> colleagues. Some of them want to buy a book or two in this subject
    > area. Hopefully the newsgroup can give me some book recommendation
    > and insight in this topic.


    The Gang of Four book on design patterns is one you will probably come
    across, and there are many that refer to it.


    > I myself pretty much subscribe to the view that the nature of python
    > language actually do away much of the need of the use of DP, but it
    > is just a personal view. It comes form my experience of migrating
    > from webware4py (webframework based on J2EE/servlet idea) to
    > cherrypy


    "webframework based on J2EE/servlet" - apart from J2EE being a specific
    implementation, this also describes a design pattern, i.e. one where
    (forgive me if I'm slightly off, this is not actually my field of
    programming) the UI is browser-based and the program logic runs on a server.

    Instead of explaining it in many words, you reused the known design
    pattern to describe it, and that is also IMHO what design patterns are
    about. They serve as a tool to make software that follows known
    patterns, so that people that know the pattern will recognize them and
    then get easier understanding. It also serves as tool when talking about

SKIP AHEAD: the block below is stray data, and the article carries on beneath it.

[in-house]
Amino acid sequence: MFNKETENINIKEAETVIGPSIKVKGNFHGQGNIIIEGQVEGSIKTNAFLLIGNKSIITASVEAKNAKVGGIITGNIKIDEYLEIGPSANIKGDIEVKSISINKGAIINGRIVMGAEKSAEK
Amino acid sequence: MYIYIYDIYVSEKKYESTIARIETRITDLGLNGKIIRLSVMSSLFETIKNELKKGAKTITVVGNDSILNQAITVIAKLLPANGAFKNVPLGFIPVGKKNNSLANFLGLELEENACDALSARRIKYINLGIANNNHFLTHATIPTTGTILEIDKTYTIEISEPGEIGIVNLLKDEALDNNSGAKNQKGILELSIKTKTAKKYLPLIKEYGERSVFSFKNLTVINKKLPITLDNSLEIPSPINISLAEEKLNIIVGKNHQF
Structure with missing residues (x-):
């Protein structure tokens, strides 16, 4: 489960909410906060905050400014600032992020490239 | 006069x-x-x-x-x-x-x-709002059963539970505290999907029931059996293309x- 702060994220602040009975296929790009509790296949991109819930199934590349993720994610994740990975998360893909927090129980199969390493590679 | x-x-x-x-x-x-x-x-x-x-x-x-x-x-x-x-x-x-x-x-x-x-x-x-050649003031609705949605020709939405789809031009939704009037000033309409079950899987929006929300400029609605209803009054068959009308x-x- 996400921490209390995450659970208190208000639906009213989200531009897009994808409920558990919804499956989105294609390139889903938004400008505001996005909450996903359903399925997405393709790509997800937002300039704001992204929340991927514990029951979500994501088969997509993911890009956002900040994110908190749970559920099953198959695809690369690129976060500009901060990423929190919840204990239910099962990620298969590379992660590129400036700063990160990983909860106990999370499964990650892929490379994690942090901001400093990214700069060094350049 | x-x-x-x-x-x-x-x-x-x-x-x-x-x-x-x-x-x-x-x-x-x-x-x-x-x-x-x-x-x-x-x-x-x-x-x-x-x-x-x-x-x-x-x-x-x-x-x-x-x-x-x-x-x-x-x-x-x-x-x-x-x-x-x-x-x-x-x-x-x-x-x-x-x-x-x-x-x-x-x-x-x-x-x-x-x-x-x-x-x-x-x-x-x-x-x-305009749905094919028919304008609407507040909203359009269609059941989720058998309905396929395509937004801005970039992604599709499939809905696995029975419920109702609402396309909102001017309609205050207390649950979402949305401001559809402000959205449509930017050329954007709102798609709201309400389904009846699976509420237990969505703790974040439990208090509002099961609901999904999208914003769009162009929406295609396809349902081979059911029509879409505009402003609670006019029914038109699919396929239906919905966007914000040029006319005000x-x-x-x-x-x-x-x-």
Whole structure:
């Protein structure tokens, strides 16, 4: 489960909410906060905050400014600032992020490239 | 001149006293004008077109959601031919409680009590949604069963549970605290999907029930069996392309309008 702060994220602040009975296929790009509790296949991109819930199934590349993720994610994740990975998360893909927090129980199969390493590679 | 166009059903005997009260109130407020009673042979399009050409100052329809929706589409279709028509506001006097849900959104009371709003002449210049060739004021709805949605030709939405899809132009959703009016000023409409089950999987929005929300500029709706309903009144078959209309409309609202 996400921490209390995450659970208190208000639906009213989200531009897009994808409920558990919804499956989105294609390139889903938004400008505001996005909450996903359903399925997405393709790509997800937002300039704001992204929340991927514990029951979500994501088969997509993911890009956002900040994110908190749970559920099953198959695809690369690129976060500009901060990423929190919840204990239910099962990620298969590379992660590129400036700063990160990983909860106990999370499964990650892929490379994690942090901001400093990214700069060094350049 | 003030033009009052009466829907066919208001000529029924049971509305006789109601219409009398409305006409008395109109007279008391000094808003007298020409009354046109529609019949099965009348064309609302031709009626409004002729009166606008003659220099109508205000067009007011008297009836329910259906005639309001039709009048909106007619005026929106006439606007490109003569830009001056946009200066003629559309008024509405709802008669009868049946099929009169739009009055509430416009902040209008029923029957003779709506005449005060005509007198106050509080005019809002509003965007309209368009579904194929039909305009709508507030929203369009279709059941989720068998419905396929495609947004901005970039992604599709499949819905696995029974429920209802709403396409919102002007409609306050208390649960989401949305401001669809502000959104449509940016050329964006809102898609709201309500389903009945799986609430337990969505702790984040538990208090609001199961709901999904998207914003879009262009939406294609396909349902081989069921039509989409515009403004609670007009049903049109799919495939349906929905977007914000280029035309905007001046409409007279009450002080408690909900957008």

things, you don't have to explain the design when you can refer to a
    pattern.

    In that sense, I fully disagree that design patterns are obsolete in
    Python. However, there are other patterns that are more
    language-specific, like e.g. RAII in C++, so if you rather meant those,
    I would agree with you.

    Cheers!

    Uli
     
    Ulrich Eckhardt, Nov 4, 2011
    #4
  5. Anthony Kong

    John Roth Guest

    On Nov 3, 6:33 pm, Anthony Kong <> wrote:
    > Sorry to resurrect this topic. By google search the last discussion was in 2003.
    >
    > I would like to find out what is the current prevailing view or consensus(if any) on the use of Design Pattern in python?
    >
    > I am doing some 'fact-finding' in this area on request of my colleagues. Some of them want to buy a book or two in this subject area. Hopefully the newsgroup can give me some book recommendation and insight in this topic.
    >
    > I myself pretty much subscribe to the view that the nature of python language actually do away much of the need of the use of DP, but it is just a personal view. It comes form my experience of migrating from webware4py (webframework based on J2EE/servlet idea) to cherrypy


    I don't know of a book on design patterns in Python. I've got a couple
    of observations.

    The first is that if you use TDD (Test Driven Development) and
    refactor relentlessly to remove duplication, most of the basic design
    patterns will emerge naturally from the code as you work.

    The second is that, as far as I'm concerned, the utility of a design
    patterns book is in the discussion of what the pattern is good for,